Are tattoos still taboo? Stigma vs. Body Art in the Workplace | Opinion
Body art as a form of self-expression is on the rise in the United States, and many companies are asking their staff to cover tattoos as an act of professionalism. For a student at Bowling Green State University, she was asked exactly that.
Jess Oberski, a freshman journalism major, applied to be a baker for BGSU Dining Services at the Oaks. After sending in her initial application, she went to their office to complete additional paperwork. There she was first given the company dress policy.
In an email from Laurie Konrad, BGSU Dining Services Senior of Human Resources, their policy requires coverage of offensive tattoos. For piercings, only studs or small hoops are allowed for security reasons. Finally, the policy allows colored hair, but all hair must be tied back to meet safety requirements.
As per policy, Oberski was told she would have to remove all eight of her piercings and cover her small tattoo on her wrist, which is done in Morse code.
The stringency of their policies surprised Oberski, who once worked in food service.
“It was never a big deal,” she said, “I was a waitress for a summer and I never had any issues with my tattoos or my piercings or my hair. I would just wear a hat or a hairnet. It was completely different from the way I worked before.
Melissa Davis, human resources manager for the DHL area of Campbell’s Soup Supply Company in Findlay, explained how stigma in the workplace has changed over the course of her career.
“When I was at Pepsi 20 years ago, when we were looking to hire truck drivers, piercings and tattoos were banned,” she said.
Davis shared a story about mirrors placed near doors for road drivers. These mirrors were placed to remind drivers to look at their appearance before leaving company grounds.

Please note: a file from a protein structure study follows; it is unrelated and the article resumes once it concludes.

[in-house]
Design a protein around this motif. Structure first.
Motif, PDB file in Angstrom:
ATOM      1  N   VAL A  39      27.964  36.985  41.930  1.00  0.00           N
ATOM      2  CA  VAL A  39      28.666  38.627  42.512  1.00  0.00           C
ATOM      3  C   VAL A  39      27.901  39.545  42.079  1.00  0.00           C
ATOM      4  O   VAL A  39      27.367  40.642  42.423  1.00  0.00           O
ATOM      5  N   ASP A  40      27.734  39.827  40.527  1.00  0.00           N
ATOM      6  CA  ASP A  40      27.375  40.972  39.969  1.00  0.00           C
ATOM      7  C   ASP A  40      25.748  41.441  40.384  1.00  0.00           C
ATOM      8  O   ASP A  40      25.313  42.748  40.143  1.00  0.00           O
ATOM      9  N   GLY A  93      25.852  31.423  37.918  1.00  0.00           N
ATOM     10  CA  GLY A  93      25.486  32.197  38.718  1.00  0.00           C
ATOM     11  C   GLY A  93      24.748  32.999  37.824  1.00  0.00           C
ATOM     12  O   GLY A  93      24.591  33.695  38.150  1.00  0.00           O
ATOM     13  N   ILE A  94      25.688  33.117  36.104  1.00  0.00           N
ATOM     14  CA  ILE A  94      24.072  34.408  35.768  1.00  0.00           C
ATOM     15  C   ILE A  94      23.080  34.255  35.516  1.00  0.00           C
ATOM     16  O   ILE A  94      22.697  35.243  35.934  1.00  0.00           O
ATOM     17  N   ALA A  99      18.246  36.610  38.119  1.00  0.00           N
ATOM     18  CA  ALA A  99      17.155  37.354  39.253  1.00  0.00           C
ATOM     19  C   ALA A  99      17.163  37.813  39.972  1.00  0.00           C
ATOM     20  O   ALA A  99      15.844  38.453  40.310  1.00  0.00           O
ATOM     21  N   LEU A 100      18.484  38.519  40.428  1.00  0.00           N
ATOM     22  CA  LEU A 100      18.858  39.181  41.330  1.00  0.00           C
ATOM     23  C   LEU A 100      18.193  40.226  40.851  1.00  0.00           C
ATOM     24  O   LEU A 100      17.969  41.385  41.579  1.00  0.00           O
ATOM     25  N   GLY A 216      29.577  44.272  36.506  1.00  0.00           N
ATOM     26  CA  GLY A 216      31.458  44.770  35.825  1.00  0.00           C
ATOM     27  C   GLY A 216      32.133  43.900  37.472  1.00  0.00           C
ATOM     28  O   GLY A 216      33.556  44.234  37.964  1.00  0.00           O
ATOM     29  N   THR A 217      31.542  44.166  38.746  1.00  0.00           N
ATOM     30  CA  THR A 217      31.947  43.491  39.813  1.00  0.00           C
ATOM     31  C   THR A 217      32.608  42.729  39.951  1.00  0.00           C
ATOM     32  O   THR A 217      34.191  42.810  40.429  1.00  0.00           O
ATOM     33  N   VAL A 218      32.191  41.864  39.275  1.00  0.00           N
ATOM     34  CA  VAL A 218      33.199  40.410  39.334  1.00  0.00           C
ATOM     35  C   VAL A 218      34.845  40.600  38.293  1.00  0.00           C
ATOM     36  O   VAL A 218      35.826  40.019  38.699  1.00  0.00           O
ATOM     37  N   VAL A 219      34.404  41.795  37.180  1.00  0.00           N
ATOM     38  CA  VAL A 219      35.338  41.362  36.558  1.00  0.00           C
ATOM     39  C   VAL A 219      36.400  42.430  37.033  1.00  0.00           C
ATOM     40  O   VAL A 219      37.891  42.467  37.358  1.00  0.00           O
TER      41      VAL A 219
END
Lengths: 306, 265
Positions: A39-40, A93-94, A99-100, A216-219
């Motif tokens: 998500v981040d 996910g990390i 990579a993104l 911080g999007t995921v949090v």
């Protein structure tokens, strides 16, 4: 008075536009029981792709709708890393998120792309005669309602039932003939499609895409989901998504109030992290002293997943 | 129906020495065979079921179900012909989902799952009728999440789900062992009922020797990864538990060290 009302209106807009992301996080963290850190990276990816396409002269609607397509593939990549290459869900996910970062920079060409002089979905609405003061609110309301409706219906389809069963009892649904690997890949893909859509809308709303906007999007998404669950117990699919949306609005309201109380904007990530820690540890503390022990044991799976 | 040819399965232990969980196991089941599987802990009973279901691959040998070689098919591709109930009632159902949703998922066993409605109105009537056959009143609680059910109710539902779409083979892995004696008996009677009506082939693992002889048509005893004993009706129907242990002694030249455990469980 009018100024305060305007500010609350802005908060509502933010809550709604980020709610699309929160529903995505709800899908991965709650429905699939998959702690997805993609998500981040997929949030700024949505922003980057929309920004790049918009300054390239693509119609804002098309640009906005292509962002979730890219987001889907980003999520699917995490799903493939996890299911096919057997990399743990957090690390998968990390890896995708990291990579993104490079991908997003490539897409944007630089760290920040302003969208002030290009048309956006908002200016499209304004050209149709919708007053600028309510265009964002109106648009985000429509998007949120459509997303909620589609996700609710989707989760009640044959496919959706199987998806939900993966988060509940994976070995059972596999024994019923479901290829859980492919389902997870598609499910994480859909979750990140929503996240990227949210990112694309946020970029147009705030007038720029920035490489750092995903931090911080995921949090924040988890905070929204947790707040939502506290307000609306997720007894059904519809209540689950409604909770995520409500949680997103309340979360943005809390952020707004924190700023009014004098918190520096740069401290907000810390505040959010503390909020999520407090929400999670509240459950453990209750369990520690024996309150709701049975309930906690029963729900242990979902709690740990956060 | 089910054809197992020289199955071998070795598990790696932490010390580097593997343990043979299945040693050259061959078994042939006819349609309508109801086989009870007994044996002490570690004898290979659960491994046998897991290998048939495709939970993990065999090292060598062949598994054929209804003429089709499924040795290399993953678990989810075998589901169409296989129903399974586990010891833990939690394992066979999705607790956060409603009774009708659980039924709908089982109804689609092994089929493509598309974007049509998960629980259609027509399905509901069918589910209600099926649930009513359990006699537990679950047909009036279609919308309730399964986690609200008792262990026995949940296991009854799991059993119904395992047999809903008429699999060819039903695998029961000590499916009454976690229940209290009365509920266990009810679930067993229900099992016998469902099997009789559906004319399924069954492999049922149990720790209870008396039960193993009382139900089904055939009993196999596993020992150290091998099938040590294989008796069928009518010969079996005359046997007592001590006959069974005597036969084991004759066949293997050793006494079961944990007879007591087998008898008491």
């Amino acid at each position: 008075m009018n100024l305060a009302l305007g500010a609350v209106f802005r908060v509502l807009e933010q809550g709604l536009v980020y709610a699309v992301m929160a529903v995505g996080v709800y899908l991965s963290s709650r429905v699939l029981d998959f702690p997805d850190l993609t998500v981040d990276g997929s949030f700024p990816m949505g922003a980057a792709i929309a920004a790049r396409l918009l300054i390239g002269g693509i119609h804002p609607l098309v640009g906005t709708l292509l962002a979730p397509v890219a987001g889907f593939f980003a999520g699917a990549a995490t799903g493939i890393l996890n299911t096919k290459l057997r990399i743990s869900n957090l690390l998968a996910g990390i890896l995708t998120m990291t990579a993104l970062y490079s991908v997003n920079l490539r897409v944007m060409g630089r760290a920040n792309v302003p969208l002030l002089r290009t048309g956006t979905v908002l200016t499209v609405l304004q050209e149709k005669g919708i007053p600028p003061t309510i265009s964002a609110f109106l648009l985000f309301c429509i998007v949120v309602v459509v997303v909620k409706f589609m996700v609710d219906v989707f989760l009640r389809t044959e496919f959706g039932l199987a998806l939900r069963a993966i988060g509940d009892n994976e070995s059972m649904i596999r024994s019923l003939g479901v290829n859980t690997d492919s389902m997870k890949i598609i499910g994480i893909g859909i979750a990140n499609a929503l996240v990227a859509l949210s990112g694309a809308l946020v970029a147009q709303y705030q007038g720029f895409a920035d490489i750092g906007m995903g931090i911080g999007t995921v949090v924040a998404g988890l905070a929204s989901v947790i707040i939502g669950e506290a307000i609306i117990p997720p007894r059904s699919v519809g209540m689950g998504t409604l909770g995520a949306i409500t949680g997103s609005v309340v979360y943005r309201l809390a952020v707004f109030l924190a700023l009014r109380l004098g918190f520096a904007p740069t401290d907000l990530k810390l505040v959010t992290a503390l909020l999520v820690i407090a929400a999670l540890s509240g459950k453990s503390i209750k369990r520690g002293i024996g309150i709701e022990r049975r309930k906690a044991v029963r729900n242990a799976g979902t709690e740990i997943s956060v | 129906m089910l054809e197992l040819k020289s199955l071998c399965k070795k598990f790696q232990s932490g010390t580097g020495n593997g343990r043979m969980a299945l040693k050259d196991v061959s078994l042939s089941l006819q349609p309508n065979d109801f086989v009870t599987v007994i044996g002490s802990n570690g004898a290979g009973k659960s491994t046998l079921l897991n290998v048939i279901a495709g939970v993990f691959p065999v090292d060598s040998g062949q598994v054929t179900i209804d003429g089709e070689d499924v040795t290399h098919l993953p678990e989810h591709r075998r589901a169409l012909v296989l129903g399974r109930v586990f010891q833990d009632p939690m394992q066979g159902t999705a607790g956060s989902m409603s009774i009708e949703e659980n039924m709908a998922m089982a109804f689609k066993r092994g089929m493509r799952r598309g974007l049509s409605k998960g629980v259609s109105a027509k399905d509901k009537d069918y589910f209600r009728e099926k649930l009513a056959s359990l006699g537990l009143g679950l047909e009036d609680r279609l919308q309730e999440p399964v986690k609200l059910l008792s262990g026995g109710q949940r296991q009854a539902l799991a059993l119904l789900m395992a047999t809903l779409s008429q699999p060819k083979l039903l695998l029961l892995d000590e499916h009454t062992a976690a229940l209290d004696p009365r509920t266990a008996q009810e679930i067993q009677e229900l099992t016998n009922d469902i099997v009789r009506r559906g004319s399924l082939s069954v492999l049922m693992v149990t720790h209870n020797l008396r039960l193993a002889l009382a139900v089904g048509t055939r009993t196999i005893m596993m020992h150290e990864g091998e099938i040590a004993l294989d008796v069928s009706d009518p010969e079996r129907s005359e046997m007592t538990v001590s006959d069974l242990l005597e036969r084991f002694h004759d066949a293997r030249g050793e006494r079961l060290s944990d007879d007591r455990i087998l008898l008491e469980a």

Davis remembers the mirrors carrying a quote along the lines of “Look at it, did you meet the Pepsi standard?”
Now, as a new generation of workers enters companies, Davis has noticed that the harsh stigma behind body art is fading, which Beth Miller, deputy director of the BGSU Career Center, has also noticed.
“I think it’s great for this generation. I think they’re moving into a much more tolerant, flexible and diverse workplace across multiple sectors, and I think the concern that that [body art] is not as prevalent as if you went back five or 10 years ago,” she said.
Miller discussed the issue of body art in the workplace from the perspective of the interviewee and the interviewer.
“We are always clear that we never want individuals to change who they are or how they represent themselves. However, we are addressing the reality of recruiting,” she said.
That reality is having to navigate ever-changing standards regarding body art in the workplace. Although many companies are relaxing their policies regarding ink, piercings, and colored hair in the office, others are not.
For this reason, Miller strongly encourages students to research a company’s dress code policy before an interview. This research can help students determine if a company’s culture matches their style and values.
She recommends looking for images on the company’s website and social media pages and calling the company to ask about their body art policy directly.
“You have to decide, ‘Do I give up on this idea of working there because I don’t want to compromise so much, or do I find another place that will suit me better. And sometimes it’s the decisions you have to make,” Miller said.